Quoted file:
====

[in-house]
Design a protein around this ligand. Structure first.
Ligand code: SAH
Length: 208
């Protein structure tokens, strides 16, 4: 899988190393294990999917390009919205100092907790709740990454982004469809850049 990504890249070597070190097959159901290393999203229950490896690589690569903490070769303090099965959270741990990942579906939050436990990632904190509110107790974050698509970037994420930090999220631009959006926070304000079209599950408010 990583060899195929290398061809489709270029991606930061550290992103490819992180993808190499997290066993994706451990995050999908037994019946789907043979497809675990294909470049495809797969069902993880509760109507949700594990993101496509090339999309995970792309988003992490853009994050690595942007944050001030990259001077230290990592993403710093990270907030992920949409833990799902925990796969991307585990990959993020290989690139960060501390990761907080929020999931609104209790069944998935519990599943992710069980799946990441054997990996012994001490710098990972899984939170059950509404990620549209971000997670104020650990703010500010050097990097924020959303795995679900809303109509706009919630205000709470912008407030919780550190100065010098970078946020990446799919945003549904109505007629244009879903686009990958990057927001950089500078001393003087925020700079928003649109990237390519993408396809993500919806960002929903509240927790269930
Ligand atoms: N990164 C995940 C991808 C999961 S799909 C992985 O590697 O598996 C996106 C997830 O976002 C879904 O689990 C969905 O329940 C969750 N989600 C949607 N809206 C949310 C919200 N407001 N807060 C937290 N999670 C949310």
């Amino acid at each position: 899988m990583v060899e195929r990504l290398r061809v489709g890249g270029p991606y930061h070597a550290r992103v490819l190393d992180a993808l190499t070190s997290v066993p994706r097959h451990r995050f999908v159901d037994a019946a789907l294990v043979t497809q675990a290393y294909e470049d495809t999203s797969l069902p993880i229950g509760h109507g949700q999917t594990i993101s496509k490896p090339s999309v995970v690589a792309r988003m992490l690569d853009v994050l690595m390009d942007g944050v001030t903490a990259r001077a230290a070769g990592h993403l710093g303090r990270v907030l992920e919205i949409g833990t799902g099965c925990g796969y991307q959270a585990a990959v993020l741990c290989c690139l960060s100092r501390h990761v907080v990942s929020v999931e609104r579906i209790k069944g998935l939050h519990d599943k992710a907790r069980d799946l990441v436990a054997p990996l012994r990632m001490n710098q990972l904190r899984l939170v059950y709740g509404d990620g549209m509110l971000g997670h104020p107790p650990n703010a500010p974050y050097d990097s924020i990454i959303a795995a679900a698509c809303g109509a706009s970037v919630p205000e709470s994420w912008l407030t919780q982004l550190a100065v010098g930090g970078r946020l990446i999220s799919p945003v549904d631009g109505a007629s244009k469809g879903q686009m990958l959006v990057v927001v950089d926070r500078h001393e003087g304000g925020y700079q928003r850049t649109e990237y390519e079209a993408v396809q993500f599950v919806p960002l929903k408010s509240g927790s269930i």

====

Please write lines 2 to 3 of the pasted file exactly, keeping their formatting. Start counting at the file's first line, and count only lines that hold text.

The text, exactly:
Design a protein around this ligand. Structure first.
Ligand code: SAH